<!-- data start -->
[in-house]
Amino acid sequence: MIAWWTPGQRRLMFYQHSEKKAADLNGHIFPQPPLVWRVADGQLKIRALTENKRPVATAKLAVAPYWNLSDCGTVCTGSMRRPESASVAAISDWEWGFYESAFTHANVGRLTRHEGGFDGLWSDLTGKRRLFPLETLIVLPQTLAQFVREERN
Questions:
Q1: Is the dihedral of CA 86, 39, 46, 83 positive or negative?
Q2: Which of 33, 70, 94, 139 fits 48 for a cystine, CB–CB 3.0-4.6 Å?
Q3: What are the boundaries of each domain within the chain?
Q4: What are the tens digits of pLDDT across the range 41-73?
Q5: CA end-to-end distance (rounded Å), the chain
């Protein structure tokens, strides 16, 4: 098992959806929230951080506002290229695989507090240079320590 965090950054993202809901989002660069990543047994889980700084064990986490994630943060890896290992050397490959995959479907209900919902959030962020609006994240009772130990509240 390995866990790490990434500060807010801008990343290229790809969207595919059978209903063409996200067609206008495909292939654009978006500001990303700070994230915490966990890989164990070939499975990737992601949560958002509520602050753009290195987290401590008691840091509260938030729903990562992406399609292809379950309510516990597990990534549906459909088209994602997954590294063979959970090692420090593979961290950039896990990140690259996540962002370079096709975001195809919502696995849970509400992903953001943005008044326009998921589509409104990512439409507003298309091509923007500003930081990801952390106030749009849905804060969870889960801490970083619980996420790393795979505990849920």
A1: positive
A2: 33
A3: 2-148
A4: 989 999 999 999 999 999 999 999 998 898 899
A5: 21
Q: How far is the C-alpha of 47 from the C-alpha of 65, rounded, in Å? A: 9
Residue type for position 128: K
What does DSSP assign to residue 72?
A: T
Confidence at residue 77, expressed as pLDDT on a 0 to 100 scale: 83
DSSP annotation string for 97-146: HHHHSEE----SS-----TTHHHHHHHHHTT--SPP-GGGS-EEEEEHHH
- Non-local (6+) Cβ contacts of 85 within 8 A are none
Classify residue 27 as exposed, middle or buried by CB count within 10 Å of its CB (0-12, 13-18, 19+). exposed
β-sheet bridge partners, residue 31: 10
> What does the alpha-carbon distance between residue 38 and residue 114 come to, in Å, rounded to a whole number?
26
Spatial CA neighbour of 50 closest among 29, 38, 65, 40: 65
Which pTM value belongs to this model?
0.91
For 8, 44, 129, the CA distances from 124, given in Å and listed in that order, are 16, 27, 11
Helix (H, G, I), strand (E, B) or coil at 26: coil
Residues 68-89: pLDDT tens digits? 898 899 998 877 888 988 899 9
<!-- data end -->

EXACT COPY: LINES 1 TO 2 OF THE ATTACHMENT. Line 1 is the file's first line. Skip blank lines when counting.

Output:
[in-house]
Amino acid sequence: MIAWWTPGQRRLMFYQHSEKKAADLNGHIFPQPPLVWRVADGQLKIRALTENKRPVATAKLAVAPYWNLSDCGTVCTGSMRRPESASVAAISDWEWGFYESAFTHANVGRLTRHEGGFDGLWSDLTGKRRLFPLETLIVLPQTLAQFVREERN